Diana Cumming

  • Title: Self Portrait
  • Medium: Oil on board
  • Width: 53cm 20 7/8in
  • Height: 66cm 26in
  • Year of creation: 2012
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Self Portrait

 

Diana Cumming, who was born in Hereford in 1929, had been living with her architect husband Neil Macfadyen for about four years in an 18th century house in London’s Blackheath when she painted a self-portrait c.1960 of herself in a chunky mustard yellow sweater. (The painters John Bratby and Jean Cooke were then near neighbours.) Diana and Neil live here still.

 

Cumming very seldom paints direct self-portraits though she says that she often ‘uses my face obliquely to convey someone else’ – as in a 1990 oil painting of a youngish woman with a piercingly engaging blue-eyed mien, on whose mountainously coiffured hair perches a bird in song (a rather Edward Learish image at once alarmingly rich and strange and evocative of the artist’s irrepressible creative urge).

 

In the winter of 2012, when she was eighty-four, Cumming painted this rare, direct self-portrait in her Blackheath studio: a candid self-appraisal that celebrates a spirit of timeless searching vitality. She had bought a fine woollen scarf from Liberty’s of London. The thought suddenly came to her that ‘its rich patterns and bright colours would make a fascinating design to draw in a self-portrait’.

 

Against a pale, muted silvery grey background – and the warm pallor of her complexion and still, unsmiling but not solemn features and enigmatic, rather remotely abstracted green eyes (as emphatic as those in a classical Indian miniature), and short, greying hair rendered with hallucinatory acuity – the details of oval lapis lazuli earrings, a glimpse of lustrous pink sweater (under a navy blue cardigan) and psychedelically patterned pashmina of gorgeous intricacy (wrapped around neck and shoulders) all stand out with subtle vibrancy.

 

In the earlier self-portrait, painted when she was about thirty, she is wearing the Beatnik-like yellow roll-neck sweater, which kept her warm in her studio on chilly autumnal and wintry days. She says, ‘I didn’t want to look too solemn but you can’t hold yourself laughing or even smiling in the mirror for long as it would appear like a forced grimace!’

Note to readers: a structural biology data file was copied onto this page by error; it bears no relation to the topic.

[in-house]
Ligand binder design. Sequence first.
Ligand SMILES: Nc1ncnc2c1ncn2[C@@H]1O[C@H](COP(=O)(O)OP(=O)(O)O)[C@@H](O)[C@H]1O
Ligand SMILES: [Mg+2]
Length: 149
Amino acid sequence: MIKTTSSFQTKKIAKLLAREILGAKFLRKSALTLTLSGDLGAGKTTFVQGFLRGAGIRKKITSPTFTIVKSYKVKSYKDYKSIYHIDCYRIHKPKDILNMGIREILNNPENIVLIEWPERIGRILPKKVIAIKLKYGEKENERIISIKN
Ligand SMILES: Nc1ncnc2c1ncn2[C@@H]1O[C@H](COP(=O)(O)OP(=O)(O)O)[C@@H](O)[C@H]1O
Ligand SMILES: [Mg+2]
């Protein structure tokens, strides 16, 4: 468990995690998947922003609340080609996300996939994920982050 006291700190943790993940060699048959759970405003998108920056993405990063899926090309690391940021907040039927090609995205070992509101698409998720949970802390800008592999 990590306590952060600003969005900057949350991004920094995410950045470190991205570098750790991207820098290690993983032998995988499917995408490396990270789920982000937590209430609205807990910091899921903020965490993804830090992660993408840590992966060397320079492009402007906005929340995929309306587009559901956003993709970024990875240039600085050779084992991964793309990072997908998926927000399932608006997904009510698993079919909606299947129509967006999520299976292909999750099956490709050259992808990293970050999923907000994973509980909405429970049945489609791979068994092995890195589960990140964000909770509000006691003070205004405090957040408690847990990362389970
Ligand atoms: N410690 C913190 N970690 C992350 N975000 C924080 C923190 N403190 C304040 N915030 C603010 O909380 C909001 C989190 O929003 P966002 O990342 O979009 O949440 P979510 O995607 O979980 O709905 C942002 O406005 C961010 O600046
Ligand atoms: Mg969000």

She says, ‘I paint very slowly and carefully, and other people I find too fidgety to paint and I don’t want to keep them waiting.’ In the c.1960 self-portrait, the pale, subtly pink-blushed face (austerely isolated against a backdrop of opalescent grey coalescing with yellow) has the barest hint of a smile around generous green eyes. Her look is one of quite beatific patience. Her long hair and accentuated eyebrows are painted black –they were in fact dark brown – but she says ‘I made them darker to light up the face’.

 

The sweater’s variegated yellow hues have an undulating landscape feel. ‘I was very keen on yellow then’ – in fact she painted the double-height door of her studio at the British School in Rome (she had a Prix de Rome scholarship from 1954-56 after graduating from London’s Slade School of Art) a brilliant cadmium yellow – whereas her pictures nowadays show a predilection for marine blues, especially turquoise.

 

At the Slade, Professor William Coldstream and Lucian Freud, a young visiting tutor, showed interest in her art. Of this early work (both fiercely focussed, visionary paintings – one picture depicting naked figures of Adam and Eve eerily overlooked by a spectral, smiling human head of the sexless Creator – as well as paintings rendered meticulously from the life), Frank Auerbach (a fellow student) said they ‘conjured up, by her tremulous reaction, vivid and living images. Manic, pure and uncorrupted.’

 

Cumming had solo exhibitions at Helen Lessore’s Beaux Arts Gallery, London in 1964 and at The Serpentine Gallery, London in 1987. Her works are in Collections of The Arts Council, The Britten-Pears Foundation, National Museums, Liverpool and University College, London.